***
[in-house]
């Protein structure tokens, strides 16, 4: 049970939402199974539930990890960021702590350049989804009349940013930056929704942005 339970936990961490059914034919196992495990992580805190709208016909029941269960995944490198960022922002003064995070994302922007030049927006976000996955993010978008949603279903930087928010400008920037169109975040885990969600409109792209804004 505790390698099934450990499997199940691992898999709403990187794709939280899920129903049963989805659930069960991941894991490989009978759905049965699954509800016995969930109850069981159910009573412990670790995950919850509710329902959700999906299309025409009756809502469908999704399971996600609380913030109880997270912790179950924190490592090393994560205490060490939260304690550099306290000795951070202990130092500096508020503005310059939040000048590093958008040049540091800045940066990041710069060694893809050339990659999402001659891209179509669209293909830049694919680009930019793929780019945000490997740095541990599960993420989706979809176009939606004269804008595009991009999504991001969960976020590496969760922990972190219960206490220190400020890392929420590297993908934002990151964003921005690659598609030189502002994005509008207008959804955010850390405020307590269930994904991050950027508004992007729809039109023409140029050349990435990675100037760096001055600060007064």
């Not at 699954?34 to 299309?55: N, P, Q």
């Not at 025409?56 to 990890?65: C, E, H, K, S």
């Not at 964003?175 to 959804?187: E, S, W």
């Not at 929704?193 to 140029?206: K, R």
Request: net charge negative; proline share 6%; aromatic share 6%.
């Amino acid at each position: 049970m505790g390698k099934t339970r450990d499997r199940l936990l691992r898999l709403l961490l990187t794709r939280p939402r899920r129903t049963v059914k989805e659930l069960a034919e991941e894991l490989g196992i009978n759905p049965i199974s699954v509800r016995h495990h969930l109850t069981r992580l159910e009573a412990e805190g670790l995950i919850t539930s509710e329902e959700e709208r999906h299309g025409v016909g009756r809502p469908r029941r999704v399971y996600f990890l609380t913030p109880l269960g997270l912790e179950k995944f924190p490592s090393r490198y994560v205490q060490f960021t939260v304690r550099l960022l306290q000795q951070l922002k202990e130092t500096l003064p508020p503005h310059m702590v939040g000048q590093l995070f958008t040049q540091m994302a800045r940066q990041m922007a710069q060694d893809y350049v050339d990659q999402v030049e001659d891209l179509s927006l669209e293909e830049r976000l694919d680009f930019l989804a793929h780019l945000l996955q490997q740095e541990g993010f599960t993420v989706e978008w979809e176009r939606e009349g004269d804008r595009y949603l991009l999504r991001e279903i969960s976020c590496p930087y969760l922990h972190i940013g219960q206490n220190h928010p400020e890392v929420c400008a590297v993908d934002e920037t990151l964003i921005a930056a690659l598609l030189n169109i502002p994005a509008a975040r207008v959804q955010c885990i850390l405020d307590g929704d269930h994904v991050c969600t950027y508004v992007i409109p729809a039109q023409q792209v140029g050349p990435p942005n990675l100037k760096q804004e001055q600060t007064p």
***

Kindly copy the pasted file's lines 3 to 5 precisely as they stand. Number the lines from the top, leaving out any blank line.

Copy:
């Not at 699954?34 to 299309?55: N, P, Q």
């Not at 025409?56 to 990890?65: C, E, H, K, S």
């Not at 964003?175 to 959804?187: E, S, W």